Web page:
Another tactic gaining traction as a viable funding solution for retiree benefits is captive insurance. Companies can rely on IRS Revenue Ruling 2014-15 to set up a captive that exclusively writes noncancellable accident and health insurance to cover retiree health benefits. With the coverage being life insurance, the captive’s reserves will receive life insurance tax treatment which thus allows the reserves to grow tax free. More importantly, the company is able to fund the retiree health benefits in a new captive without DOL approval since they do not fall under ERISA. This is the type of status-quo-challenging strategy that may prove critical for organizations grappling with defined benefit plan promises, given today’s difficult market conditions.
Case Study: Utilizing a Captive Insurance Arrangement to Manage Defined Benefit Pension Risk
Spring has worked closely with the pension risk transfer groups at insurance companies, who consistently price liabilities for settlement at 20% or higher than the US GAAP liability that plan sponsors recognize on their books for vested terminated participants. This is significantly higher than retirees, who can sometimes be priced at or even below the US GAAP liability.
Spring has developed solutions for clients to settle plan liabilities at very close to what plan sponsors currently recognize. This is a substantial savings to plan sponsors, and it allows the plan to be terminated sooner. Below we are bringing some of these concepts to life with a case study.
A plan sponsor with a billion-dollar pension plan wanted to review risk management options for their plan, including how best to manage a large bulk annuity transaction. The organization had previously completed smaller transactions, including retiree annuity buy-outs as well as vested term lump sums. They were now looking to complete a much larger annuity transaction, but they wanted to better understand the full spectrum of options. A traditional annuity transaction would have been quite expensive given the conservative nature of how commercial carriers price deferred liabilities. While many factors impact the price of a transaction, the low interest rate environment, mortality risk charge, as well as conservative long-term investment options all contributed to a much higher transaction cost under a standard plan termination than the sponsor felt was reasonable.
Spring assessed various risk management options for the organization to consider, including an additional vested term lump sum window with a robust communication program to increase the take rate as well as a much larger bulk annuity transaction for the entire plan. The organization was interested in exploring an additional lump sum window, but first wanted to focus on how best to move forward with a cost-effective bulk annuity transaction. Rather than exploring these options with their plan actuary, the plan sponsor was also looking to work with an organization that could provide for a more objective and independent analysis without any conflicts of interest.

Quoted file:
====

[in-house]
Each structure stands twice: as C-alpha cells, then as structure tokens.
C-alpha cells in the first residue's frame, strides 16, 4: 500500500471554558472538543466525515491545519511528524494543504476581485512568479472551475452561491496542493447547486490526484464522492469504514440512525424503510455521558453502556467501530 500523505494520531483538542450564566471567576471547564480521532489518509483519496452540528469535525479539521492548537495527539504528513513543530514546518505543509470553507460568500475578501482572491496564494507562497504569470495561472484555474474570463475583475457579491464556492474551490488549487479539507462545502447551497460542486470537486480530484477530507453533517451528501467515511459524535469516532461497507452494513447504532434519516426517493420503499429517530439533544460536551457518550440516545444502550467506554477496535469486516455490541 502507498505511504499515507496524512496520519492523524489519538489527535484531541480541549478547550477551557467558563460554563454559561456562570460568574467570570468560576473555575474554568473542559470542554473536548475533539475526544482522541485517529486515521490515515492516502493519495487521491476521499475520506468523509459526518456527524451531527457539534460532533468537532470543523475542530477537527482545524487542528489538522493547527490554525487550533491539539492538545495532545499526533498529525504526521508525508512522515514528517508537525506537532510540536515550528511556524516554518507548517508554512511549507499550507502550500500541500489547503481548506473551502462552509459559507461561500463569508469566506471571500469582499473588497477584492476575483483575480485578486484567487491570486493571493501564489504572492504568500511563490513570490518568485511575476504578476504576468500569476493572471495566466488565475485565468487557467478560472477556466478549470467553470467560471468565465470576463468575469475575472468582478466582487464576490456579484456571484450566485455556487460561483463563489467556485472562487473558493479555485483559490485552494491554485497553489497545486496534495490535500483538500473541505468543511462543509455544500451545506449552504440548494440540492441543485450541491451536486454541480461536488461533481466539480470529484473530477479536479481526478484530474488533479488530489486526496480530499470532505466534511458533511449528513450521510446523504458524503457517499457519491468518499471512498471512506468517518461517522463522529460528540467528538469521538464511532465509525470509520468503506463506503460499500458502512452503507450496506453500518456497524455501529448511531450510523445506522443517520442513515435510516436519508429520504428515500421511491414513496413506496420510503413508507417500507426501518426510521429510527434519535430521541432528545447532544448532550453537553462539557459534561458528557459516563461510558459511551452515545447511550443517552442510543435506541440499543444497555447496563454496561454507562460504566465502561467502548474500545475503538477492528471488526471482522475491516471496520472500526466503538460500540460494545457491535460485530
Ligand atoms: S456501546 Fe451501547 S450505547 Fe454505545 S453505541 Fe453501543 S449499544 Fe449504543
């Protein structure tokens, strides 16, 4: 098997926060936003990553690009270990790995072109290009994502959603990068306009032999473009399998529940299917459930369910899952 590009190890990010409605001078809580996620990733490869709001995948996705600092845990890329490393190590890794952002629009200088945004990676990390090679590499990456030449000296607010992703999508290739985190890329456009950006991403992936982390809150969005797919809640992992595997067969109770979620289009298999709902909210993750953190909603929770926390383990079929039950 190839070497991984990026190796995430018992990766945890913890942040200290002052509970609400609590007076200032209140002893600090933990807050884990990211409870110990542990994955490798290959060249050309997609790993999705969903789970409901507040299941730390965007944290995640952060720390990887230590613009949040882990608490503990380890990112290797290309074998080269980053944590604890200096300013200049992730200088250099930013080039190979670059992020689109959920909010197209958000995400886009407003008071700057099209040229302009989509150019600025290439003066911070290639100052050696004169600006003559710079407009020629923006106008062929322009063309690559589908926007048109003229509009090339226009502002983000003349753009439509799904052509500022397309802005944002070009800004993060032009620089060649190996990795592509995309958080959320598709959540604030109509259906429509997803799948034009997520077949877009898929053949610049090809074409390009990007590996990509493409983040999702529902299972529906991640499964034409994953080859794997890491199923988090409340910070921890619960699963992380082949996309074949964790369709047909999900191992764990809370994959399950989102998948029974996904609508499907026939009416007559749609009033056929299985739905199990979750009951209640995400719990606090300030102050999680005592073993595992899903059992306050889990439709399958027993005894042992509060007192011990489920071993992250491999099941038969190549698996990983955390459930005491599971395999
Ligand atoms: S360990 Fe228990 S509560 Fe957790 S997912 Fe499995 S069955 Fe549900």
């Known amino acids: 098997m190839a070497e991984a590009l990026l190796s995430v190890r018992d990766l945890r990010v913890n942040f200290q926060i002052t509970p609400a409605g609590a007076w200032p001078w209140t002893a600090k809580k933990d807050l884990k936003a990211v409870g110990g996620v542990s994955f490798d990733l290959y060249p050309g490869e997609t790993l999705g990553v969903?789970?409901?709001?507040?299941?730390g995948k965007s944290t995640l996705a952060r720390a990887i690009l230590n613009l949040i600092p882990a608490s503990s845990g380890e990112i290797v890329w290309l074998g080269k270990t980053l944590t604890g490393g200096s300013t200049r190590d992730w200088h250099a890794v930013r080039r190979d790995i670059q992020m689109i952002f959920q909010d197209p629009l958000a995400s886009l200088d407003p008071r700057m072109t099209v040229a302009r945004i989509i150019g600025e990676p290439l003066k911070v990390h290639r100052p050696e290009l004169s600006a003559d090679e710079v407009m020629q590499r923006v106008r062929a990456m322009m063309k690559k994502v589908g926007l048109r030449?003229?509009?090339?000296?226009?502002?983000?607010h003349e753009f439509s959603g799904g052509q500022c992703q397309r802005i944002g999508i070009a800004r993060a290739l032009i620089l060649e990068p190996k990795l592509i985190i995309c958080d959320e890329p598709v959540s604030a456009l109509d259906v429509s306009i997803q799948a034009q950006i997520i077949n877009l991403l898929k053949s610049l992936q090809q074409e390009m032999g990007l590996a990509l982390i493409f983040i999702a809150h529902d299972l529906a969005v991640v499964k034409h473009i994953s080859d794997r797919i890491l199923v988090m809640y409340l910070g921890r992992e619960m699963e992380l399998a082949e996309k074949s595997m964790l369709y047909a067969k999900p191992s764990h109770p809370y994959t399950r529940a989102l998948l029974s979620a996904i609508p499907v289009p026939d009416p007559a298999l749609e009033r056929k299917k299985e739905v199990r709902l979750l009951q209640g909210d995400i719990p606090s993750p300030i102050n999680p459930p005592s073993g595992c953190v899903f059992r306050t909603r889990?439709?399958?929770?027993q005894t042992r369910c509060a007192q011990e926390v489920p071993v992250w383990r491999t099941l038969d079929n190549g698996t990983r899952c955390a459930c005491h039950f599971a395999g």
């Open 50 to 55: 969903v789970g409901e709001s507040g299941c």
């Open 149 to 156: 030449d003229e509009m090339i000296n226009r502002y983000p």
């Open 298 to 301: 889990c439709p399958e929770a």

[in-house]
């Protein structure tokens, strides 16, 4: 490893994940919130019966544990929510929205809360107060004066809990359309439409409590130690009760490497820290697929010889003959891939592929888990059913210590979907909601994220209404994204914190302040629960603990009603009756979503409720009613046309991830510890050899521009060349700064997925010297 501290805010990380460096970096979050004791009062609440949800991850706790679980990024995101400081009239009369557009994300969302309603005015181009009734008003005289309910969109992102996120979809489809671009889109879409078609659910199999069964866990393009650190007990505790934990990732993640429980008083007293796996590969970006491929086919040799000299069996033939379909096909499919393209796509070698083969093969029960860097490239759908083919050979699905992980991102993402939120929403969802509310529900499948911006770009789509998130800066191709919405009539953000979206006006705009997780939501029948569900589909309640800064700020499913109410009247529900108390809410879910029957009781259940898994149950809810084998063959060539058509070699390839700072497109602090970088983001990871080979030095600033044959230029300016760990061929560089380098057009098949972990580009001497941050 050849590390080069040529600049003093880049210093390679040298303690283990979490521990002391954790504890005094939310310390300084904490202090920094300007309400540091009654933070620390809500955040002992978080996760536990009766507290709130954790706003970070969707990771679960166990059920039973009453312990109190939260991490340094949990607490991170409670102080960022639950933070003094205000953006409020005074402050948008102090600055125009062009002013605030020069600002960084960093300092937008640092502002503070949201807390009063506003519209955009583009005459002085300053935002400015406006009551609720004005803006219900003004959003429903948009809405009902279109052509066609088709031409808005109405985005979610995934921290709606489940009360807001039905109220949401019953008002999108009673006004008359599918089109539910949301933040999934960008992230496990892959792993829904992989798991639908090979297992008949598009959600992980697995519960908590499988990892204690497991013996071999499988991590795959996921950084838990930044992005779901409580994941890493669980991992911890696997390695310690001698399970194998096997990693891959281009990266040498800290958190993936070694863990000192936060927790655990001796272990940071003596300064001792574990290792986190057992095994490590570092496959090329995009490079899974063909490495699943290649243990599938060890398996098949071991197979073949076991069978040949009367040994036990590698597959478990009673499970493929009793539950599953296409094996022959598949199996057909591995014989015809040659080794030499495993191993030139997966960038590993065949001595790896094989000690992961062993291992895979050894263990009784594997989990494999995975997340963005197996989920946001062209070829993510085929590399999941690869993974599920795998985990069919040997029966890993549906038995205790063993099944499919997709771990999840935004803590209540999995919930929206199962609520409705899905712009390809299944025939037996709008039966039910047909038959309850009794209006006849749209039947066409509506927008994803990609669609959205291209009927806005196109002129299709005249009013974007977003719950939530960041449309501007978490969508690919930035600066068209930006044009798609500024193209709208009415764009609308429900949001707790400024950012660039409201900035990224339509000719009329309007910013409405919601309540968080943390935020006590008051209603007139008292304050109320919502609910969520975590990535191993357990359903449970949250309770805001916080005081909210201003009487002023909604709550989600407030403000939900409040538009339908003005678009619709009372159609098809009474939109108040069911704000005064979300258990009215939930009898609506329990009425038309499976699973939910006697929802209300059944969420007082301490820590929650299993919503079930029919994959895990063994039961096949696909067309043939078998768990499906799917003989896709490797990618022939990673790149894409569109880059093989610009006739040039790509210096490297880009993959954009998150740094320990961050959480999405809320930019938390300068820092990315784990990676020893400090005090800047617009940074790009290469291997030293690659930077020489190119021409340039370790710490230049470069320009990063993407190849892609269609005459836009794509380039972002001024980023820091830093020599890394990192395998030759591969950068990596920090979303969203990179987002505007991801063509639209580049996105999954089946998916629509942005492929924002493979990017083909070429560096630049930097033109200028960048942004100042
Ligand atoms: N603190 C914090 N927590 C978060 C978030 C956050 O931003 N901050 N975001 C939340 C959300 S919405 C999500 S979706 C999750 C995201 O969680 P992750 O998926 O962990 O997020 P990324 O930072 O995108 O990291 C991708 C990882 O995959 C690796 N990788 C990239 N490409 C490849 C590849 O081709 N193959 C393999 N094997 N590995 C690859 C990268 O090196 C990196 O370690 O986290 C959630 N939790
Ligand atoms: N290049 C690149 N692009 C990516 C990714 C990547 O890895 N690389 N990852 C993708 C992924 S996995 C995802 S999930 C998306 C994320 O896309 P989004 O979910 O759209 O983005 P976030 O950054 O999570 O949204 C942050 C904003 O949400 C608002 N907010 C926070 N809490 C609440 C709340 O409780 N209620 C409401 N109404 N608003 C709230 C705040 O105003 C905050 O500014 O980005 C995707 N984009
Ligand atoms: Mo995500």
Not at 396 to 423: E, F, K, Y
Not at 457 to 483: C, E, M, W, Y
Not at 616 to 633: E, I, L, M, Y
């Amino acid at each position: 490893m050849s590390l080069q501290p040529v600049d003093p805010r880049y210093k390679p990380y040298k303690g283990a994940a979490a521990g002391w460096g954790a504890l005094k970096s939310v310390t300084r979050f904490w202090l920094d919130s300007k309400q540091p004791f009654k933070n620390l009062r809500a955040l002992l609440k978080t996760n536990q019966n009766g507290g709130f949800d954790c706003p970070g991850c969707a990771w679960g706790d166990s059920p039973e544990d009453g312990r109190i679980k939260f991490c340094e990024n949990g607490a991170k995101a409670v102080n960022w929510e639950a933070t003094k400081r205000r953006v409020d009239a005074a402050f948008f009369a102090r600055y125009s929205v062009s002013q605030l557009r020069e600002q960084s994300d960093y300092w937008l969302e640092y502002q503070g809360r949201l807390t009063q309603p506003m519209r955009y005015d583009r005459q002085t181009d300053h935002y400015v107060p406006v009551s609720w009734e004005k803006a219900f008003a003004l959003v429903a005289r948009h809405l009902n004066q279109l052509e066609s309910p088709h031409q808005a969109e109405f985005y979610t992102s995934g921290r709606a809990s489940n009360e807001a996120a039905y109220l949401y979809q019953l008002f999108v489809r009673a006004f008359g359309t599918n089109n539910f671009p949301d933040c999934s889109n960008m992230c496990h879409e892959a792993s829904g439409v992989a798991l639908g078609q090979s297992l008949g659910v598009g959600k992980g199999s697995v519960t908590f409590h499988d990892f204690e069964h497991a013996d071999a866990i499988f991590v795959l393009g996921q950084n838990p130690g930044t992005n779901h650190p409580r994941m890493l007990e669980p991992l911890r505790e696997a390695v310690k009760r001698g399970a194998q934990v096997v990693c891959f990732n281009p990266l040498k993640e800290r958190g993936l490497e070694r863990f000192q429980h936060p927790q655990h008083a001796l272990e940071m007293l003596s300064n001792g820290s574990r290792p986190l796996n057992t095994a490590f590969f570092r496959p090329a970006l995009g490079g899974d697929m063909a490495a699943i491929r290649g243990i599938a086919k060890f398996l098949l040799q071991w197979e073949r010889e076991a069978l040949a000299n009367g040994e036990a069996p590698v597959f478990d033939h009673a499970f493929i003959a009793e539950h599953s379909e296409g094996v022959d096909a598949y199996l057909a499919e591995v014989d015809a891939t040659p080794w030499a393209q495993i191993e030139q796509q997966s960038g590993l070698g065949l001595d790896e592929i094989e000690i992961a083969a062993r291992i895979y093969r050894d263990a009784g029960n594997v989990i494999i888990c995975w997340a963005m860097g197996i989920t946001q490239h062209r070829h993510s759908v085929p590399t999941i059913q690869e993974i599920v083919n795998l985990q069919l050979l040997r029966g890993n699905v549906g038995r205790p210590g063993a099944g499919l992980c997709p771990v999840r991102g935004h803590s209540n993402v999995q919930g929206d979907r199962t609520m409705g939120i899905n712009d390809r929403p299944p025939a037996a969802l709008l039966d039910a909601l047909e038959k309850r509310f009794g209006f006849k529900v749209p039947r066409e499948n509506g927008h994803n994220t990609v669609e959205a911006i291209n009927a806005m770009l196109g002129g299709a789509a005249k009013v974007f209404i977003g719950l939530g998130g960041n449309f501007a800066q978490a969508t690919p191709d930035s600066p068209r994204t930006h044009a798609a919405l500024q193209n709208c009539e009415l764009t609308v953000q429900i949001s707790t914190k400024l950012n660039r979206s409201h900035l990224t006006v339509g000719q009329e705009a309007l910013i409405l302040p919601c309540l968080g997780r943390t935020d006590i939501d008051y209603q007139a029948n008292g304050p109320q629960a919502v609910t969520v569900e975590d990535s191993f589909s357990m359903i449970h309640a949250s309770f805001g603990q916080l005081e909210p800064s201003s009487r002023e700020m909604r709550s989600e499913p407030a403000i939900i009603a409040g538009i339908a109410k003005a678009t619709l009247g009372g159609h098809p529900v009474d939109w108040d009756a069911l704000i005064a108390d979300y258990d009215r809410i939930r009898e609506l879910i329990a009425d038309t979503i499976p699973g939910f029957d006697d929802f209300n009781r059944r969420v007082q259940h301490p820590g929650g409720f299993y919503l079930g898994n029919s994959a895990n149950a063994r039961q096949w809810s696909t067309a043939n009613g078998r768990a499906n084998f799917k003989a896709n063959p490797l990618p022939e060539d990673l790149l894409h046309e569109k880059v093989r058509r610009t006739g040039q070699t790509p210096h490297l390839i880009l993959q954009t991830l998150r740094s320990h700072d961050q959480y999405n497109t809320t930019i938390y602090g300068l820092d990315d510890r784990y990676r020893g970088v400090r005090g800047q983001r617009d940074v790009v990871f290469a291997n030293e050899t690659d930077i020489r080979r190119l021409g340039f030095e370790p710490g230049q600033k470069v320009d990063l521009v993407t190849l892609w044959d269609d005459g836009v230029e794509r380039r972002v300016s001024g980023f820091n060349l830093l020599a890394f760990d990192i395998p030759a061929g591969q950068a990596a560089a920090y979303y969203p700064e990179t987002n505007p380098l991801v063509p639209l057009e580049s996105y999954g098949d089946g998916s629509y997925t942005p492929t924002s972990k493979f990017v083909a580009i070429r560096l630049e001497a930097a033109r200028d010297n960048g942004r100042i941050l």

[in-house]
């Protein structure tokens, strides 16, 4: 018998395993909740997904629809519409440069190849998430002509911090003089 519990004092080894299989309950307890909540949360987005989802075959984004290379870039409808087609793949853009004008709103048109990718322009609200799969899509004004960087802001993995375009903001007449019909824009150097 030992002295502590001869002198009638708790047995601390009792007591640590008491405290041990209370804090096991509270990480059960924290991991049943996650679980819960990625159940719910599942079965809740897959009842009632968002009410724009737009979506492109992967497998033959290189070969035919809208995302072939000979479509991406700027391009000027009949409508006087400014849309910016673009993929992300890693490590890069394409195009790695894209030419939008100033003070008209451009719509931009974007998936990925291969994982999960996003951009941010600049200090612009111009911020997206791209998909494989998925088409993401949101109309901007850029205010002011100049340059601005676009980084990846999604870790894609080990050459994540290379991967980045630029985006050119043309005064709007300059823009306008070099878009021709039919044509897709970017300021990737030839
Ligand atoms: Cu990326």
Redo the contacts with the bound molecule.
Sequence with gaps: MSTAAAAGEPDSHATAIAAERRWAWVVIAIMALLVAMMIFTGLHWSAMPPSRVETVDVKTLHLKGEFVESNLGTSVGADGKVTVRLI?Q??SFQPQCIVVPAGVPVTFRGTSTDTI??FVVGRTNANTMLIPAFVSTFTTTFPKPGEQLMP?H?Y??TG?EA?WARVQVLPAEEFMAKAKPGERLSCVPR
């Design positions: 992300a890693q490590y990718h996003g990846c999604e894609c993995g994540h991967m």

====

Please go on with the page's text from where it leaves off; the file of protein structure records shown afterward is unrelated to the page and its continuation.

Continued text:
We reviewed options for a possible bulk annuity transaction with the organization which included both buy-in and buy-out strategies. We recommended exploring the use of a captive to improve the overall cost and participant security of the bulk annuity transaction. Using a captive can substantially lower the cost of the overall transaction, particularly for plans looking to transfer obligations for more than existing retirees only. A captive provided several benefits including:
- Lower cost of overall transaction
- Increased operating income
- Control over assets
- Risk diversification in the captive
- Improved participant security
This strategy yielded the following positive impacts:
- Over a 10% reduction in the one-time premium outlay for the transaction
- Participant security is enhanced because the captive provide an additional commitment to pay the benefits in addition to the fronting carrier.
Innovative tactics are available for organizations facing financial stress related to defined benefit plan liabilities, combined with the volatile market circumstances we’re seeing today. If your organization has pension plan liabilities and is looking for a strategy to mitigate this burden, you may want to evaluate the different options available to ultimately help you realize savings and enhance your risk management strength.